Kono: What were we in charge of when Koyanagi was working on “Sky Crawlers”?
Kanno: I think we were developing DLC for “ACE6.”
Kono: Oh, “ACE6.” I think out of all of us, you were the only one that was really involved in it, Kanno.
Itomi: Yes, that’s right. For “ACE6,” I only made the trailer.
Kanno: Because Kono and Itomi weren’t involved, “ACE6” was a project spearheaded by a relatively young generation. The project scope was large and there were people who joined the company to work on the development of “Ace Combat.” We threw in those people to areas that needed more manpower.
Kono: Bringing in more troops, one after another…
Koyanagi: Strategically, I don’t think that’s the right way to go about it (wry laugh).
Kono: We talked a lot about the series, but Shimomoto hasn’t talked much at all…
Shimomoto: I joined the team with “ACE AH,” so it’s almost my time to shine.
---From the point of view of the newly employed Shimomoto, what was your impression of the PROJECT ACES team?
Shimomoto: There were rumors that it was a scary team and I was nervous (wry laugh). Thinking about it now, I don’t know why I was so timid, but i was really really scared of Kanno...
Kanno: I get told that a lot (wry laugh).
Kono: Didn’t Shimomoto say “I will go anywhere except for PROJECT ACES” ? (laughs).
Shimomoto: That was during my assignment interview. I learned later that my assignment was already decided at that point (wry laugh).
---I see there was drama regarding Shimomoto as well.
Bandai Namco Studios Art Director
Involved in the first “Ace Combat,” has the longest tenure in the series among this group. Has been in charge of creation of Strangreal’s setting, background scenery, and multiple original weapon designs. In “ACE7,” his role was art director.
“The correct solution we reached by creating a wide space and increasing quality with the PlayStation’s limited capacity and specs was ‘ACE2’.”
Kono: Reflecting back like this, I once again thought, if you’re talking about “Ace Combat,” it’s got to be Kanno.
Koyanagi: If asked who is the symbol of “Ace Combat,” I think it would be Kanno.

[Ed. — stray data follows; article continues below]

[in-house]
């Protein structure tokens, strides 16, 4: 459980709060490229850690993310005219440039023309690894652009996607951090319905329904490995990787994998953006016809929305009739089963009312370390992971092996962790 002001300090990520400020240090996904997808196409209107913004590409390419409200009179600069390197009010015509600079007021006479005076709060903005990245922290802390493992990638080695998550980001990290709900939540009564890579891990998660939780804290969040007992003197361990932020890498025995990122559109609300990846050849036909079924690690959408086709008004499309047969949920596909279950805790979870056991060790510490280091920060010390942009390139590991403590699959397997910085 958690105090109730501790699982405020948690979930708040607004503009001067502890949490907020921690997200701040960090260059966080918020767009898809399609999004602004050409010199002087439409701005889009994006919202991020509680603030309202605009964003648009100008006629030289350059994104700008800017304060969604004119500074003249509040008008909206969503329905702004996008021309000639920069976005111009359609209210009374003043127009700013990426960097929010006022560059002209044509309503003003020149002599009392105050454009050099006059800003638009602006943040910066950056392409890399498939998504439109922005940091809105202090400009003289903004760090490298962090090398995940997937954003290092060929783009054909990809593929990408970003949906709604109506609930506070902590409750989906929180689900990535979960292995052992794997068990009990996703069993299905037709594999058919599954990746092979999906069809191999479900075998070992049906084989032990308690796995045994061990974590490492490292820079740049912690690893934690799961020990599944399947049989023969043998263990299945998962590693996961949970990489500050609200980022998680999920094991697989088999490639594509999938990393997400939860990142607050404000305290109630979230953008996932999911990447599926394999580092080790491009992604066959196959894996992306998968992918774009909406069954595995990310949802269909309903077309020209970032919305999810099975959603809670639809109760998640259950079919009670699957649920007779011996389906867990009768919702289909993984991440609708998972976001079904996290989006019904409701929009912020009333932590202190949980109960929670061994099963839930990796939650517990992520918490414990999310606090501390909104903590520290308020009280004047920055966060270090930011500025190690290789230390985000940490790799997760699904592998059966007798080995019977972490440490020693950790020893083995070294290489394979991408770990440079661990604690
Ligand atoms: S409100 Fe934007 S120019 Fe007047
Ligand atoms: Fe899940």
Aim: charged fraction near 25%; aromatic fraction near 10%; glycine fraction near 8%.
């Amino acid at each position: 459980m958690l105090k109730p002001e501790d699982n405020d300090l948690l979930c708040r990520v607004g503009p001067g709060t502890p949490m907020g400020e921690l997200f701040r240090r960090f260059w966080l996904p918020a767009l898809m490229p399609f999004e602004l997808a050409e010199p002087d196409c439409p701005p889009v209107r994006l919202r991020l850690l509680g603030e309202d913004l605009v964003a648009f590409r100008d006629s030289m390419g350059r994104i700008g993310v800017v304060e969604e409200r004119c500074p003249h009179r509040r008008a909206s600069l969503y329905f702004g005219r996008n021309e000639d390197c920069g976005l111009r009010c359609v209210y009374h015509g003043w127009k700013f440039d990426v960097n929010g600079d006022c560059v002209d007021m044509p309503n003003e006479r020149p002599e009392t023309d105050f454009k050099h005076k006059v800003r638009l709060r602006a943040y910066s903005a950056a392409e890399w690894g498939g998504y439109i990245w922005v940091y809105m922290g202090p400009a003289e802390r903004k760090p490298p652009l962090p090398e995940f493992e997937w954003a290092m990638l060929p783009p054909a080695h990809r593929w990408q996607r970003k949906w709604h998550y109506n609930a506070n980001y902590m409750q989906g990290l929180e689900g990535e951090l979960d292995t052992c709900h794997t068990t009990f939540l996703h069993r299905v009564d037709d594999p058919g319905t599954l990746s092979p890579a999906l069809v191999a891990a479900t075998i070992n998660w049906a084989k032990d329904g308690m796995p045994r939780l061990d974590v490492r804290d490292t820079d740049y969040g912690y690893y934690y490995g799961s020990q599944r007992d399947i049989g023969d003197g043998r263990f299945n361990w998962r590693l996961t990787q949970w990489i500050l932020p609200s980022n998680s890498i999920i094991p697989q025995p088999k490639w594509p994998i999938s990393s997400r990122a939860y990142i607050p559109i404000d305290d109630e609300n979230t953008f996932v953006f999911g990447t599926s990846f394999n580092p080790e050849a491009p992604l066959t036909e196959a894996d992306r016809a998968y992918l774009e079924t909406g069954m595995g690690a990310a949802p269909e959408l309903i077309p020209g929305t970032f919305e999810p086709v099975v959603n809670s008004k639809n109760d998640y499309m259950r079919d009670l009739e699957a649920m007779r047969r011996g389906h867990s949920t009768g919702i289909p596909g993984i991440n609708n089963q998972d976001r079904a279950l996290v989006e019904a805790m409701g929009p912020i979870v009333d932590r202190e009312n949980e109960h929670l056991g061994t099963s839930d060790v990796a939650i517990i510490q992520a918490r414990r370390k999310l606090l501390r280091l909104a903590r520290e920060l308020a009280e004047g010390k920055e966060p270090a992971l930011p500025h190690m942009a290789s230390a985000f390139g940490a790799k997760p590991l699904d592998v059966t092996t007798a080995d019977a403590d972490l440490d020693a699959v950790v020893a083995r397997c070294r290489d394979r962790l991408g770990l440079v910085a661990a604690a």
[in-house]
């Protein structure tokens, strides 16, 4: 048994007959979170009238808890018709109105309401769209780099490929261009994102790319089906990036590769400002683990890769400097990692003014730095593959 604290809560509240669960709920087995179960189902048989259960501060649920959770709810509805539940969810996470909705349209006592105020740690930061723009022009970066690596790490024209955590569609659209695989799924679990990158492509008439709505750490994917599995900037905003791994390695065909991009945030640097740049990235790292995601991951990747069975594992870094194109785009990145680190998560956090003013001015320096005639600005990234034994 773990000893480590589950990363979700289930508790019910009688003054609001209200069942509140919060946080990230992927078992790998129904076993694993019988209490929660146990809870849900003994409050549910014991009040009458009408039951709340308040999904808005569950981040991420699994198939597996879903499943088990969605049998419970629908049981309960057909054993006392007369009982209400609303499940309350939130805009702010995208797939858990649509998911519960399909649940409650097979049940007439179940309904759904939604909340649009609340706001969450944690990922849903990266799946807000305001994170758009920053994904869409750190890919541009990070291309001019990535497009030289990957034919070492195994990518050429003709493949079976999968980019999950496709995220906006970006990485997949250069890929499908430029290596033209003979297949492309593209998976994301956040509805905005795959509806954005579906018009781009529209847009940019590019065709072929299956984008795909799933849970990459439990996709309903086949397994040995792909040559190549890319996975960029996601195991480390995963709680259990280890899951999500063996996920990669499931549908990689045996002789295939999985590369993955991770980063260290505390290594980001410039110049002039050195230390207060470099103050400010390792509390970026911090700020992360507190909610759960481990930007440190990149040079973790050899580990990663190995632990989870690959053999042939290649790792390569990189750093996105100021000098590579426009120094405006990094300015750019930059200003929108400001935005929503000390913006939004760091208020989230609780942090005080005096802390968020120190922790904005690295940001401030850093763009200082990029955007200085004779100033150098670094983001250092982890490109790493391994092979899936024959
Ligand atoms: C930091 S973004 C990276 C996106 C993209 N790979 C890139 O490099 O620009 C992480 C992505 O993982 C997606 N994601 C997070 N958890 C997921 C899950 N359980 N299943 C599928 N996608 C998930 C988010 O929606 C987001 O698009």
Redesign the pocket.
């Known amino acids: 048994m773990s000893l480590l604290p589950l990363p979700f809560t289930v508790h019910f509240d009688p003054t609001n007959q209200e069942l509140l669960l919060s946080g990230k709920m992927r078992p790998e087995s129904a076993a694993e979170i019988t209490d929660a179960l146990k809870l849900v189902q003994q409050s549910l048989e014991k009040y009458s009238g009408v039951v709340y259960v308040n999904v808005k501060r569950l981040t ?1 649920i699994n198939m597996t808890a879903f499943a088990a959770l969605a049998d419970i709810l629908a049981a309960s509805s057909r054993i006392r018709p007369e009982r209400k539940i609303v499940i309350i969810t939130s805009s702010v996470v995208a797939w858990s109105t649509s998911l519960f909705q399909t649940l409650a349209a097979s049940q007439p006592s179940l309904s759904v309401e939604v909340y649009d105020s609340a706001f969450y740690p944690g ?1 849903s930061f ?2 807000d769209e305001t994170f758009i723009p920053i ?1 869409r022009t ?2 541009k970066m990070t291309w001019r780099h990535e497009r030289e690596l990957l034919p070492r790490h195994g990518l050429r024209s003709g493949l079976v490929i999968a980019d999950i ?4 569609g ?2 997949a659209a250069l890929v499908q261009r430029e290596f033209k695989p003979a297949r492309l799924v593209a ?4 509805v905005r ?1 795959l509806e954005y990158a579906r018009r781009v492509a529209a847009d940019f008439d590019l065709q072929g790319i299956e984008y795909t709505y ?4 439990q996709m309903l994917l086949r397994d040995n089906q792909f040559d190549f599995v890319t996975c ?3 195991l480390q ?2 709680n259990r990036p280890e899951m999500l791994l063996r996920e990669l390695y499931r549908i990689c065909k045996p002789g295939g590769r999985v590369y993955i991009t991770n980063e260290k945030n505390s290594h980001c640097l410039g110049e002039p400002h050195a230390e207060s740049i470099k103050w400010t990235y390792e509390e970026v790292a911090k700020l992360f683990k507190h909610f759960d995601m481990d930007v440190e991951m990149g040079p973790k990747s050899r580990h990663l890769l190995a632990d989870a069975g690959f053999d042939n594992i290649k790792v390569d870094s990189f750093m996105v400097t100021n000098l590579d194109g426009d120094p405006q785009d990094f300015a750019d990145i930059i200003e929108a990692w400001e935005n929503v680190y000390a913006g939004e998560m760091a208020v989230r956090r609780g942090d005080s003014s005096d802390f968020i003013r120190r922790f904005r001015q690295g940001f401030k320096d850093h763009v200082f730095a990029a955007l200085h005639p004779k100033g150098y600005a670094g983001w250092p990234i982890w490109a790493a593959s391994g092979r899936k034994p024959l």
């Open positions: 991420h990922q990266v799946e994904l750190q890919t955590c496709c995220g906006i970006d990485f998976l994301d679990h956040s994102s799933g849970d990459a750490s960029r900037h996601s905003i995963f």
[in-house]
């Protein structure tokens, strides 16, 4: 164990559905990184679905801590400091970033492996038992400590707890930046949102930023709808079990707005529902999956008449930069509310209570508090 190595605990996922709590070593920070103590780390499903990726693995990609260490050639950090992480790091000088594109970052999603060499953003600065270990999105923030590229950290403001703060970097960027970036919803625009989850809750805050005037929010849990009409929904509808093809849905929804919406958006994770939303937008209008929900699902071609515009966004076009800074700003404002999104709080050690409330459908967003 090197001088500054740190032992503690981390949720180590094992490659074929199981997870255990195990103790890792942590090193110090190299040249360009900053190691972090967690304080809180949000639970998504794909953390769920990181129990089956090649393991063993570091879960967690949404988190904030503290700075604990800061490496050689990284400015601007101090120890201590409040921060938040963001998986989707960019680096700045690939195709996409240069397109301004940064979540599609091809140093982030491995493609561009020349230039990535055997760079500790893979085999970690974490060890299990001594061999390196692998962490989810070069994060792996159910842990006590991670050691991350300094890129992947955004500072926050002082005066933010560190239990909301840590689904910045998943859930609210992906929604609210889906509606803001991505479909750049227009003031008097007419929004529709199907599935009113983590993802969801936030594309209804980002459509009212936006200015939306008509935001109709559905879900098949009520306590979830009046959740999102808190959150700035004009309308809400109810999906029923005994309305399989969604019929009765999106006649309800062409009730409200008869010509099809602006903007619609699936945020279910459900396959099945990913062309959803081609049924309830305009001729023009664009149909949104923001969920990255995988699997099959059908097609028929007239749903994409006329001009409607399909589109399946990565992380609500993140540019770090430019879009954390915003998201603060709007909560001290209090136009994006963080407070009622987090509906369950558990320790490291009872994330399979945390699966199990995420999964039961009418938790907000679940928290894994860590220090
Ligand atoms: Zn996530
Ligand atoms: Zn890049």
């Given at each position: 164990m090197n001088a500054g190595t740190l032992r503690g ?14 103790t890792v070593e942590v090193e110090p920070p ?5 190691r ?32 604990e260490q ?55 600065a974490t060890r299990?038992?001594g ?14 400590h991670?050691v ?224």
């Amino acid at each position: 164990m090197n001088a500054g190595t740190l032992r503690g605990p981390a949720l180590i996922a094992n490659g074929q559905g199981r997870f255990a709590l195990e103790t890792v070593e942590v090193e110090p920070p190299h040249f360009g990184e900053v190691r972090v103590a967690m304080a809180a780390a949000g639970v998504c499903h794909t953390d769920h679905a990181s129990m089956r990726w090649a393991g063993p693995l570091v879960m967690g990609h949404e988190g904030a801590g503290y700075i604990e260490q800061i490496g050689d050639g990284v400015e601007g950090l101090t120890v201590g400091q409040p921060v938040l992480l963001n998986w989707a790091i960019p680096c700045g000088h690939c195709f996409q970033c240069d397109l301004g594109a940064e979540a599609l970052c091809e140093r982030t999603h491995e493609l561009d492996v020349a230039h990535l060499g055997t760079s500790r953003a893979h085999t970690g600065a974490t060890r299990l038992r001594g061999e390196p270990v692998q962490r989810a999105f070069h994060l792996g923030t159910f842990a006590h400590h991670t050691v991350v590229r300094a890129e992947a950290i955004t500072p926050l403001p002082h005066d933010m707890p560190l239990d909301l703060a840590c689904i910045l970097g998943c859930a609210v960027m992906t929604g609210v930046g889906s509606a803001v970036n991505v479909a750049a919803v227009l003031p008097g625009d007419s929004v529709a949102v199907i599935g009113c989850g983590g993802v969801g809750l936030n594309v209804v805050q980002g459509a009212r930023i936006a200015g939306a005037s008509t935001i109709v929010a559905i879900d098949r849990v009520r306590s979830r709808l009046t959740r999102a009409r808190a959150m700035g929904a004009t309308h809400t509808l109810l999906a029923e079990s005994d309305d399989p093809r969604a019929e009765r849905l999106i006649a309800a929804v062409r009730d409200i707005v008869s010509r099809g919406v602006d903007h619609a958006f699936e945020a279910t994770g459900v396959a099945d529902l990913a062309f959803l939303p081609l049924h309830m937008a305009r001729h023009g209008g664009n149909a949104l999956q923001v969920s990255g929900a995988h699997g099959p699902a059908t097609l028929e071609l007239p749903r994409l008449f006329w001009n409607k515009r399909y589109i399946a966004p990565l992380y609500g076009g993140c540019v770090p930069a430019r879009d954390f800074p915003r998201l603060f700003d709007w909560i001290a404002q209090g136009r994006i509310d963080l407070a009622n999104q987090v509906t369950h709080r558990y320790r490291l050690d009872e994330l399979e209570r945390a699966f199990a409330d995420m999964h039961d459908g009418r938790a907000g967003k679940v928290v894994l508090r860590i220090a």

Itomi: It’s got to be Kanno.
Koyanagi: Kanno is Mister Ace Combat.
Kanno: I think that the development of the “Ace Combat” series was successful due to the blessing of having great seniors, coworkers, and passionate juniors.
What the team challenged themselves with in the latest title, "ACE7"
---Since we have the opportunity, I would like to hear about any events regarding the latest work, “ACE7,” that had a lasting impression.
Kono: Shimomoto made “ACE7,” actually the setting of “Ace Combat” as a whole more complicated.
Itomi: The part where he connected “ACE7” and “ACE3”?
Shimomoto: I thought since “ACE7” takes place in 2019 and is getting close to the age of “ACE3” [we should connect them]. But actually connecting them was an unanimous thing.
Itomi: At the time we were thinking “what should we do?” and while we were lining up the events of the whole series in chronological order and discussing things, Shimomoto pulled everyone’s attention on “ACE3”s parallel story element. We thought “this might work” and decisively connected the series to “ACE3” officially.
Shimomoto: I checked with everyone before making it official though.
Itomi: But in the end, I think it's good that we connected them. “ACE3” is a world where private corporations have made rapid advancements, but the real world is seeing some rapid advancements as well, with successful manned spaceship launches. I felt the times were catching up to the world of “ACE3.”